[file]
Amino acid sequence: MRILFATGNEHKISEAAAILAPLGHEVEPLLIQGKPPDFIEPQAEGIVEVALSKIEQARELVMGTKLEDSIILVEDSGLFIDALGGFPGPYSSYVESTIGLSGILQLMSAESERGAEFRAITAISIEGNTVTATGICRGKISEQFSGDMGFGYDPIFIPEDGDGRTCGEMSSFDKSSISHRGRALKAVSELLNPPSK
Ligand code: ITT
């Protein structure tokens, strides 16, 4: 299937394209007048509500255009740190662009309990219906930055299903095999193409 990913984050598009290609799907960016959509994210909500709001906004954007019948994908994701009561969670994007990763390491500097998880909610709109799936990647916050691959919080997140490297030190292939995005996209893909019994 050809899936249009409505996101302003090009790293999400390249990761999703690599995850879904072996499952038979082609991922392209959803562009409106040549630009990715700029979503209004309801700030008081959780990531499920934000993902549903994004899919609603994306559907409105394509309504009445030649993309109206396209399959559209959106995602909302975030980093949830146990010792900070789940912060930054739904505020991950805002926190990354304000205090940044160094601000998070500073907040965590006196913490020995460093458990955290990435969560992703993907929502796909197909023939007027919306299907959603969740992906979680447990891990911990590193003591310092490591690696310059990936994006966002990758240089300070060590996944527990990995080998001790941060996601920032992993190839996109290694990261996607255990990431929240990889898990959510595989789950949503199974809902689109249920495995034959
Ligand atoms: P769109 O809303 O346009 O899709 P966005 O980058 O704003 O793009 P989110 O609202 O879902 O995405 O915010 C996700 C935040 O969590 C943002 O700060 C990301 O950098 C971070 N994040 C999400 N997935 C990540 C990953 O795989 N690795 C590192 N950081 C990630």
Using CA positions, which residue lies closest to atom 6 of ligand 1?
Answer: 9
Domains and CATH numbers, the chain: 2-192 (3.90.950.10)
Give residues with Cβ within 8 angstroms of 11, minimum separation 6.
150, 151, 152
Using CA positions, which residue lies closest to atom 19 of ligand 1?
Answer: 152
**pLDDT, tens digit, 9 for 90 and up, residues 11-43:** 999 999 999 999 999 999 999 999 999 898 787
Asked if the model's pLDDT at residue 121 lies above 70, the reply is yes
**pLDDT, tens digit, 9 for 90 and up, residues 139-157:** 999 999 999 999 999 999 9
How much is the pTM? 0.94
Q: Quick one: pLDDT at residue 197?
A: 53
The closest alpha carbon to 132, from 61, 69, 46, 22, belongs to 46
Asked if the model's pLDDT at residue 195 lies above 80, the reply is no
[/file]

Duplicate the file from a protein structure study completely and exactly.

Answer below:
Amino acid sequence: MRILFATGNEHKISEAAAILAPLGHEVEPLLIQGKPPDFIEPQAEGIVEVALSKIEQARELVMGTKLEDSIILVEDSGLFIDALGGFPGPYSSYVESTIGLSGILQLMSAESERGAEFRAITAISIEGNTVTATGICRGKISEQFSGDMGFGYDPIFIPEDGDGRTCGEMSSFDKSSISHRGRALKAVSELLNPPSK
Ligand code: ITT
């Protein structure tokens, strides 16, 4: 299937394209007048509500255009740190662009309990219906930055299903095999193409 990913984050598009290609799907960016959509994210909500709001906004954007019948994908994701009561969670994007990763390491500097998880909610709109799936990647916050691959919080997140490297030190292939995005996209893909019994 050809899936249009409505996101302003090009790293999400390249990761999703690599995850879904072996499952038979082609991922392209959803562009409106040549630009990715700029979503209004309801700030008081959780990531499920934000993902549903994004899919609603994306559907409105394509309504009445030649993309109206396209399959559209959106995602909302975030980093949830146990010792900070789940912060930054739904505020991950805002926190990354304000205090940044160094601000998070500073907040965590006196913490020995460093458990955290990435969560992703993907929502796909197909023939007027919306299907959603969740992906979680447990891990911990590193003591310092490591690696310059990936994006966002990758240089300070060590996944527990990995080998001790941060996601920032992993190839996109290694990261996607255990990431929240990889898990959510595989789950949503199974809902689109249920495995034959
Ligand atoms: P769109 O809303 O346009 O899709 P966005 O980058 O704003 O793009 P989110 O609202 O879902 O995405 O915010 C996700 C935040 O969590 C943002 O700060 C990301 O950098 C971070 N994040 C999400 N997935 C990540 C990953 O795989 N690795 C590192 N950081 C990630």
Using CA positions, which residue lies closest to atom 6 of ligand 1?
Answer: 9
Domains and CATH numbers, the chain: 2-192 (3.90.950.10)
Give residues with Cβ within 8 angstroms of 11, minimum separation 6.
150, 151, 152
Using CA positions, which residue lies closest to atom 19 of ligand 1?
Answer: 152
**pLDDT, tens digit, 9 for 90 and up, residues 11-43:** 999 999 999 999 999 999 999 999 999 898 787
Asked if the model's pLDDT at residue 121 lies above 70, the reply is yes
**pLDDT, tens digit, 9 for 90 and up, residues 139-157:** 999 999 999 999 999 999 9
How much is the pTM? 0.94
Q: Quick one: pLDDT at residue 197?
A: 53
The closest alpha carbon to 132, from 61, 69, 46, 22, belongs to 46
Asked if the model's pLDDT at residue 195 lies above 80, the reply is no